MARTINEZ -- The candidates for two seats on the Martinez City Council talked downtown development and the city's longest running drama: How do you solve the problems at the marina?
Mike Alford, Arsenio Escudero, Anamarie Avila Farias, Dylan Radke and incumbent Mark Ross recently participated in a forum moderated by Contra Costa Times political editor Lisa Vorderbrueggen. The forum is airing on local government television channels.
At the marina, which has been deteriorating for years, more than 100 of the 267 berths sit empty because they are swamped with mud at low tide. This fall, the city plans to use a $500,000 donation from Shell Oil to pay for dredging the entrance and under docks on the western side of the marina. City leaders had planned to use $398,275 from a regional park bond to rebuild 27 berths, but the East Bay Regional Park District denied that funding request.
Further complicating the city's efforts to turn the marina around is the state Department of Boating and Waterways' refusal to lend Martinez more money until the city repays more than $3 million in outstanding loans. All of which begs the question -- is it time for Martinez to pull the plug and return management of the marina to the state?
The five candidates aren't ready to throw in the towel yet, but they say the city may be forced to scale back plans to transform the marina into a first-class destination.
Ross said Martinez may have to develop a business model plan around dry-stack storage of boats. Farias said the city should focus on restructuring the state loans to free up money to cover operating expenses at the marina. If Martinez can't find a third-party lender, the marina may have to become a place to launch boats with fewer docks, Radke said. Although Escudero argued that the city needs a "21st century transportation center" with a marina that can accommodate a ferry, it's unclear if a ferry terminal ever will be built in Martinez.
"We have to do something, take control and stop making excuses," said Alford, who didn't offer any specific ideas.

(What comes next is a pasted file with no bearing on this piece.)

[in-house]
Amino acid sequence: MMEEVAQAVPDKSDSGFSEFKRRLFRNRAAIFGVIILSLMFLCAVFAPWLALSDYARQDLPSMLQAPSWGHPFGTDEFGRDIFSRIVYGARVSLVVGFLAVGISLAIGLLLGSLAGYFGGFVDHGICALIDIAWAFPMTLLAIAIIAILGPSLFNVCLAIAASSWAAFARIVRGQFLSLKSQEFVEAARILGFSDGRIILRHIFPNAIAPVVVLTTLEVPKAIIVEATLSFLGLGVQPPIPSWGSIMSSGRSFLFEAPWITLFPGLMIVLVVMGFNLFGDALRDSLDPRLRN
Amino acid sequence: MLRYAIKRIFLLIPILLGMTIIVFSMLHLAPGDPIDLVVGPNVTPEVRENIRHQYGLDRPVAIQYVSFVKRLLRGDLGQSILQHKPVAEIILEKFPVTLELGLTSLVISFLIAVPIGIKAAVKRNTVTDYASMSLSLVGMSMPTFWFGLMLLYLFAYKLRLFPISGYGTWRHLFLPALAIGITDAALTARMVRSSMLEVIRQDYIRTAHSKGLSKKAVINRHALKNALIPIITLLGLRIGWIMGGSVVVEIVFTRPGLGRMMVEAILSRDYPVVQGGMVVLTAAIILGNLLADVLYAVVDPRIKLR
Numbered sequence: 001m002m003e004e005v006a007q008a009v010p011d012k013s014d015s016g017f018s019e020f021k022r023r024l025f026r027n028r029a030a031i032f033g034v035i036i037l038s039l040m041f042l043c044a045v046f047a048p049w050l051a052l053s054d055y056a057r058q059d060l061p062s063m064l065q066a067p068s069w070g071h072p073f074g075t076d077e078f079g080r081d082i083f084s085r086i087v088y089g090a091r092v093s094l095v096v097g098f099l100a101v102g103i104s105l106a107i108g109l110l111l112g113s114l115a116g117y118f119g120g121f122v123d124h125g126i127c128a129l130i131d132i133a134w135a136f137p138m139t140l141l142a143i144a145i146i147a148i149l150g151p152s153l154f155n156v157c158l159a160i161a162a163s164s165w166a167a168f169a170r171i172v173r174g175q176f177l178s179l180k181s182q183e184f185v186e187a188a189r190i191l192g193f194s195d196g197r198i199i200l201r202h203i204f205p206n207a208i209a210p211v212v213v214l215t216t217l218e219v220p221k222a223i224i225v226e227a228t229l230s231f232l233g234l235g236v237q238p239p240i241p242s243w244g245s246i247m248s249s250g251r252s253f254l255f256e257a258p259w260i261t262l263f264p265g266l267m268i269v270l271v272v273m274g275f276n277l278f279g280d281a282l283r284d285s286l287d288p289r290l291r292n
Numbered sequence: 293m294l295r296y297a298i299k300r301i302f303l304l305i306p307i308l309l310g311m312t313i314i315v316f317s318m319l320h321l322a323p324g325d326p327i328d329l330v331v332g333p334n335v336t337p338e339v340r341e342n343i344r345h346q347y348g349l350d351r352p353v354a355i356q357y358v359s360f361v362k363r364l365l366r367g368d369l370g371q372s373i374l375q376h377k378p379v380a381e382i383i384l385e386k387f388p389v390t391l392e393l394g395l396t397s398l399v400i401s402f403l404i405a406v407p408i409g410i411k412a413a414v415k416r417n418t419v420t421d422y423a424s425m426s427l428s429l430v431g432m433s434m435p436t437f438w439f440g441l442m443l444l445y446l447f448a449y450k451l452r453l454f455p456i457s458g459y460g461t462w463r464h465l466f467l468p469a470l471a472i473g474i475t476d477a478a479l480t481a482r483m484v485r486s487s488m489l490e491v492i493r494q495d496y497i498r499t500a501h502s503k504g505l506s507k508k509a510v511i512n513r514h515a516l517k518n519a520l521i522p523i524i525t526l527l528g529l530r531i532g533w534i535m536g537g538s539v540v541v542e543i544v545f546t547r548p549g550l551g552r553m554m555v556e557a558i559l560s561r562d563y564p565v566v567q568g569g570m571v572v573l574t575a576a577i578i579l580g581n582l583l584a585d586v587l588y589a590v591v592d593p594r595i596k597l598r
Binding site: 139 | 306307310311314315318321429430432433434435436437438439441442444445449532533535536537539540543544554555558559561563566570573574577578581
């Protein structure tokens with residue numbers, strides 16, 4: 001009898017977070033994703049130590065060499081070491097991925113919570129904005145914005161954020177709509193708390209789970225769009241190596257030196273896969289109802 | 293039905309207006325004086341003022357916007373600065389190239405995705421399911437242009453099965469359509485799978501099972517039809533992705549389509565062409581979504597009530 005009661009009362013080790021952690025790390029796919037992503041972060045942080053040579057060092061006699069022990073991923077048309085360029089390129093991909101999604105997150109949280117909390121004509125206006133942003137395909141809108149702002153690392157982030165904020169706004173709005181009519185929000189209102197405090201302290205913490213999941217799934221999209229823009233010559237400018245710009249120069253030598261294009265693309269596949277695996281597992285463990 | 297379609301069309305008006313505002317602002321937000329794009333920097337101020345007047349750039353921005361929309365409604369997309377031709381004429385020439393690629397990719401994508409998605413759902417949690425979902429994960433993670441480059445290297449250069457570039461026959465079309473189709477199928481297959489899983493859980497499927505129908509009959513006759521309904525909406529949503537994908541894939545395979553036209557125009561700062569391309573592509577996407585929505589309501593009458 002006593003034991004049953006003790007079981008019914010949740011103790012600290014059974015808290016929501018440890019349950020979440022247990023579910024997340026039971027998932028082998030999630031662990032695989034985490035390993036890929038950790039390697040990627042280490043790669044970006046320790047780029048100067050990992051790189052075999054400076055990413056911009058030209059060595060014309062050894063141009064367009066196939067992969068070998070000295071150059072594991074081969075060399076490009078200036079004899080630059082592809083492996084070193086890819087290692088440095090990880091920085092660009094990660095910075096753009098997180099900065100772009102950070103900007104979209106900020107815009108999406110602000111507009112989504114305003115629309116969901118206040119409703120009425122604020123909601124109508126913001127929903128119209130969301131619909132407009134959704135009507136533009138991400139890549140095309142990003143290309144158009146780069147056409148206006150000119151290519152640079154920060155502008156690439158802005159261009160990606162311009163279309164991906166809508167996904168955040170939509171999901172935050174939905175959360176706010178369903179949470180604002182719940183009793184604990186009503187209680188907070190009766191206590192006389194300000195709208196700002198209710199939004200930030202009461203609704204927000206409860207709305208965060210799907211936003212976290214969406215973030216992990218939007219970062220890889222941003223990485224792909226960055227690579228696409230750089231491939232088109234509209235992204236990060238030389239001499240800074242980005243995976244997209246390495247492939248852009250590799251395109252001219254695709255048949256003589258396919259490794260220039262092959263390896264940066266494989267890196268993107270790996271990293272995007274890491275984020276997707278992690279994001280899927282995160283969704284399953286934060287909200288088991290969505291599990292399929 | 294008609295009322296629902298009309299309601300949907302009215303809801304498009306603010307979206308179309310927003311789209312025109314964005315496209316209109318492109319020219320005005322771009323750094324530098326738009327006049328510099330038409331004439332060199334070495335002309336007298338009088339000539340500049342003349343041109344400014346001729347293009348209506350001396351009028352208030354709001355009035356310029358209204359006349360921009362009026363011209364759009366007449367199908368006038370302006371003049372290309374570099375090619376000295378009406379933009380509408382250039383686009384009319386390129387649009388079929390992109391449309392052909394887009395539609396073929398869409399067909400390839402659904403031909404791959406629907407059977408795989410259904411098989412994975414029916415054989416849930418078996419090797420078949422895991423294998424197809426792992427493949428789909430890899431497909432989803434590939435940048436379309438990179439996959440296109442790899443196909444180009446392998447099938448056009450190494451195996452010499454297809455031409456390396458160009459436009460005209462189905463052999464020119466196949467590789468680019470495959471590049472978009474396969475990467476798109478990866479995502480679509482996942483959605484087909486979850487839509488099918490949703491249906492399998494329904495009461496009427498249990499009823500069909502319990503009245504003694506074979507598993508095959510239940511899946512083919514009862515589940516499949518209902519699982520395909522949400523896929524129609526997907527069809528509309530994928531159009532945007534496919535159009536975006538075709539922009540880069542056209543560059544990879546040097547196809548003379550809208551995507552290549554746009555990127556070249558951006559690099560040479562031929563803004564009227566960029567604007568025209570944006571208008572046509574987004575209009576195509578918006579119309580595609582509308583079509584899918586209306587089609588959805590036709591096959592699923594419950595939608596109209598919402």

After years of empty storefronts, there are signs of life downtown -- new restaurants have opened, the outdoor dining patios are popular and 630 Court St. finally will be developed. But the candidates agreed the city needs to do more to draw businesses and visitors downtown. Escudero suggested hiring an economic development director and advertising.
Noting the new eateries and shops, Radke said downtown is doing quite well. "Unfortunately," he said, "some people don't know about it."
Farias said the city should find financing for small businesses and to help property owners seismically retrofit the unreinforced masonry buildings downtown. Alford said city leaders should do more to recruit businesses and stop the aggressive panhandling that may deter visitors.
Ross said families are coming to Martinez for youth sports at the two indoor sports complexes near the Amtrak station and the downtown dining scene is flourishing.
"We've set the table for business to thrive," Ross said.
Lisa P. White covers Martinez and Pleasant Hill. Contact her at 925-943-8011. Follow her at Twitter.com/lisa_p_white.
Air dates and times
Channel 28 in Martinez, Pleasant Hill and Clayton: Noon on Oct. 7, 14, 21, 28, Nov. 4 and 9:30 p.m. on Oct. 1, 8, 15, 22, 29 and Nov. 5. Channel 28 in Concord: 4:30 p.m. on Oct. 6, 13, 20, 26, 27, 28, Nov. 2, 3, 4 and 5.